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The Case Against Social Media: Mass Misinformation in the Covid-19 Era

Photograph by Nathaniel St. Clair

Despite the rising salience of “fake news” in the U.S., propaganda, misinformation, and conspiracy theories are hardly new phenomena. In the 1950s, The historian Richard Hofstadter famously wrote in The Paranoid Style of American Politics about conspiratorial thinking in American history, including McCarthyism, ravings about water fluoridation, and wild tales about the Illuminati and Free Masons secretly dominating American politics and society.

Americans are now witnessing a new era of conspiracy mongering and fake news via the rise of the fringe “QAnon” movement, among a plethora of paranoid claims that Covid-19 is an elite-fueled hoax and that it was secretly created by powerful people working in the shadows.

Pew Research Center polling from September finds that nearly half of Americans – 47 percent – have read or heard about the QAnon conspiracy, which claims that the Democratic Party and media are secretly coordinating a cannibalistic satanic pedophilia ring, and that only Donald Trump and one of his allies embedded in the “deep state” stand in their way.

The best conspiracy theories are those that are completely unencumbered by facts or evidence. This reality holds for QAnon as well. Trump’s supposed ally in the depths of the “deep state” – Q – appears not to be government employee at all, and he does not even reside in the United States. Rather, Jim Watkins – who reportedly hosts the primary QAnon accounts on 8Chan, is a pig farmer living in Manila. And in a truly Orwellian twist, 8Chan itself reportedly serves as a venue for the dissemination of child pornography. Finally, President Trump, who is supposedly leading the effort to combat “deep state” pedophilia, has gone out of his way to identify with Ghislaine Maxwell, announcing that he “wish[ed] her well” after she was arrested and charged for participating in Jeffrey Epstein’s child sex trafficking ring.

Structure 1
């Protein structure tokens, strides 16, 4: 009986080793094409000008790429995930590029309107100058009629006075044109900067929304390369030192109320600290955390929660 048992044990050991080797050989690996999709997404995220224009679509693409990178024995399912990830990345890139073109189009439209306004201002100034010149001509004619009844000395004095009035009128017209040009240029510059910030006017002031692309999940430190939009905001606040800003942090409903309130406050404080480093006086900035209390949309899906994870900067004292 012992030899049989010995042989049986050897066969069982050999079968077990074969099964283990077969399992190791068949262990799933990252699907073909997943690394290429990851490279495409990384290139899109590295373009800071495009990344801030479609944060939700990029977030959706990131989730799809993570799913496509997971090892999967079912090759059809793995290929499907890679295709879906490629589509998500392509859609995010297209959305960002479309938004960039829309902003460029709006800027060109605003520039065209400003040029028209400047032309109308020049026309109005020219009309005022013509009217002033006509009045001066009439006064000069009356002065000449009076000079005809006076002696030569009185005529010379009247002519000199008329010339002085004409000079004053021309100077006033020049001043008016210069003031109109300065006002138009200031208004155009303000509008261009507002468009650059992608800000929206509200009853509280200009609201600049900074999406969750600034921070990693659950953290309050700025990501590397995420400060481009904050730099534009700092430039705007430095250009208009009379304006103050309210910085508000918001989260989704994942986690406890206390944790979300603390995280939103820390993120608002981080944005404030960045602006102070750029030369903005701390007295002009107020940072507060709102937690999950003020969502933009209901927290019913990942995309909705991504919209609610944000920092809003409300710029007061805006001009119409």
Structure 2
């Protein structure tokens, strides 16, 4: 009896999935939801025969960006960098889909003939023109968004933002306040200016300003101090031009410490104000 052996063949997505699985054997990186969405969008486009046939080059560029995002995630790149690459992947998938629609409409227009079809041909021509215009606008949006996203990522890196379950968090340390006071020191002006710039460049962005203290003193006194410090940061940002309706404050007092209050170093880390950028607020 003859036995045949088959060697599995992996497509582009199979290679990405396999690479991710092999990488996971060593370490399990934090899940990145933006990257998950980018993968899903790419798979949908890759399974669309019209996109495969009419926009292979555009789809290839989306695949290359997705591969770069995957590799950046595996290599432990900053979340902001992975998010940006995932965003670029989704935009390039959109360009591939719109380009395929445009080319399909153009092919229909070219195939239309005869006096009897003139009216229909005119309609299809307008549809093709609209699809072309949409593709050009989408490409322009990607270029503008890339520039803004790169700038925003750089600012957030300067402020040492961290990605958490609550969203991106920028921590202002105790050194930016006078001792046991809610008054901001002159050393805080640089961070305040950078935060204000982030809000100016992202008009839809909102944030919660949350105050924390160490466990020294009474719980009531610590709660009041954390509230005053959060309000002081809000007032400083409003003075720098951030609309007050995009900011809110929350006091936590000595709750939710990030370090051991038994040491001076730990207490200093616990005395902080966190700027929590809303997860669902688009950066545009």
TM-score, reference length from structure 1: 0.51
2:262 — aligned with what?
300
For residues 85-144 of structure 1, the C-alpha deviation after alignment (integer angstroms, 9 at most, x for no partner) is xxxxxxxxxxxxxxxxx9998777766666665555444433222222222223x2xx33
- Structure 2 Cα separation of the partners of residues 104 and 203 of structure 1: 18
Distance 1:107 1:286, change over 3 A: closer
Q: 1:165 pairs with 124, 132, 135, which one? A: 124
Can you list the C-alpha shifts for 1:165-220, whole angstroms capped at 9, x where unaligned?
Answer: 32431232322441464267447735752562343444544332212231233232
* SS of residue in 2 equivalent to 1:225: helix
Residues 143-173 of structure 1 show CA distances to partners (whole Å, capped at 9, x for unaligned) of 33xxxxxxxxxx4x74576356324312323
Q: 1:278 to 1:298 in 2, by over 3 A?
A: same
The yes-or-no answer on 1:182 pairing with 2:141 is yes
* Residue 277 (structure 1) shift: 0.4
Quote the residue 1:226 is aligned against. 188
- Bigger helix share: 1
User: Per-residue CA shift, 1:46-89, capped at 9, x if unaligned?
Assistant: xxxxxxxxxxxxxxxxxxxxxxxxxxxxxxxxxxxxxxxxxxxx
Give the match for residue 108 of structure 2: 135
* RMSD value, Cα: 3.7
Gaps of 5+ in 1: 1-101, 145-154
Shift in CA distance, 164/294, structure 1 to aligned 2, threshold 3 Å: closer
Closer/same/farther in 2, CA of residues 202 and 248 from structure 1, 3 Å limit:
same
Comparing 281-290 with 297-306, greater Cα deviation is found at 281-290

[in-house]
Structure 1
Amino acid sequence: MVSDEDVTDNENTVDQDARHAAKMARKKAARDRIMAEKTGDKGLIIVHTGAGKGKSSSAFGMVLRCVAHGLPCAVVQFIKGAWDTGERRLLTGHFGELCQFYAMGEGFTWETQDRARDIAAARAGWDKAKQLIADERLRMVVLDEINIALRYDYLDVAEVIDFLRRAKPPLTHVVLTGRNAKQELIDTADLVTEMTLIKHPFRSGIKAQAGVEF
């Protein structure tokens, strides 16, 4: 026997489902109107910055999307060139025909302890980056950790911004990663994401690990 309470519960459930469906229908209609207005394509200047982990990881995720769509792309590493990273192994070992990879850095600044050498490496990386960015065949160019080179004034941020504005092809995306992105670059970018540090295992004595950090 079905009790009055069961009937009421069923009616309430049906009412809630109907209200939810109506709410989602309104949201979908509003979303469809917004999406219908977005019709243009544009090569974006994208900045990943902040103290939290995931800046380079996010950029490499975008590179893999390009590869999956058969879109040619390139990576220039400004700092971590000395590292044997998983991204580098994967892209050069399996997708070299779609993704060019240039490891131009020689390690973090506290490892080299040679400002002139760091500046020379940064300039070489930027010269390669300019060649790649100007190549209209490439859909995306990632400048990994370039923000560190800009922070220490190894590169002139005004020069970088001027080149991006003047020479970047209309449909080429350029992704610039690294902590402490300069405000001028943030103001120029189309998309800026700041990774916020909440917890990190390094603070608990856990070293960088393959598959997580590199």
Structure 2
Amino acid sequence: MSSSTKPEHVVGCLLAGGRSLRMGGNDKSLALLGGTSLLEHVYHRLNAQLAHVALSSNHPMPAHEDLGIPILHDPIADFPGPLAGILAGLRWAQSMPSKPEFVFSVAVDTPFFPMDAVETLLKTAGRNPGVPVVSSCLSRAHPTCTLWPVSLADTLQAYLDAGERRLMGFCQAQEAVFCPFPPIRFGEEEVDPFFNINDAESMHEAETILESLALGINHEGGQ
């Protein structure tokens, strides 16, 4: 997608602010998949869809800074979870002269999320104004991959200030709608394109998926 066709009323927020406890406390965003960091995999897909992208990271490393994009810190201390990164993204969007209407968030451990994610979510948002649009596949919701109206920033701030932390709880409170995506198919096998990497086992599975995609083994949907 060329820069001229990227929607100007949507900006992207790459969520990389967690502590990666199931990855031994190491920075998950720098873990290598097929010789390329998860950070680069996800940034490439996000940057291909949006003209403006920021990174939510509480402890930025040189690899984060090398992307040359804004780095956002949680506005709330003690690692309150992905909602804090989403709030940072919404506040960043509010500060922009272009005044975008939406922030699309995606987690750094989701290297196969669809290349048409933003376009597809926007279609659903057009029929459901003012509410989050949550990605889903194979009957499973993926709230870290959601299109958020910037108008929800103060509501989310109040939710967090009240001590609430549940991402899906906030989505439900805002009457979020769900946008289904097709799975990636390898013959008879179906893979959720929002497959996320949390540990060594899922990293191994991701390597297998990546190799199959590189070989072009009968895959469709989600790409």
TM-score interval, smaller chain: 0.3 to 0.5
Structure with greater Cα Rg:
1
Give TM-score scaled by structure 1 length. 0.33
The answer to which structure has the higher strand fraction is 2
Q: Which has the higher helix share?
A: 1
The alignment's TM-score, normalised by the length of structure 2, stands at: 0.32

Outside of QAnon, American political discourse on Covid-19 has also been infected with various false and conspiratorial claims. This misinformation is primarily fueled, not by mainstream media coverage, but by questionable actors operating in social media venues like Facebook, and Twitter, among other sources. I sought to drill to the core of the fake news phenomenon, to better understand precisely how this new social media ecosystem has contributed to the dumbing down of the nation on important political matters of the day.

To identify the effects of social media in disseminating misinformation, I examined two recent national polls by the Pew Research Center – from April and June 2020 – covering American media consumption, and as related to opinions of fake news, conspiratorial thinking, and the Covid-19 pandemic.

Through an original statistical regression analysis, I isolate the power of social media consumption in predicting consumption of, and beliefs about various forms of fake news. “Controlling” for other demographic factors, including respondents’ partisan identities, self-declared ideology, gender, age, education, race, and income, I am able to rule out other factors as potential influences on one’s likelihood of consuming and embracing fake news.

The concern with the noxious effects of social media began to intensify in the spring of this year when various fake news stories and conspiracies were first popularized in these venues. And there is good reason to be alarmed. My analysis of Pew’s April 2020 survey finds that consumption of social media – including Facebook, Twitter, and “online forums”/“discussion groups” – is significantly linked not only to being increasingly exposed to fake news, but with struggling to distinguish between which news stories and information are real, and which are fabricated. Individuals who reported getting and posting their information and news on Covid-19 from these venues were more likely to say they had consumed fake news stories and conspiracies on Covid-19, including the claim that Vitamin C is an effective treatment against the virus, that 5G cell towers are secretly spreading Covid, and that “at-home treatments” are “effective” for combating “various serious cases of the Coronavirus.”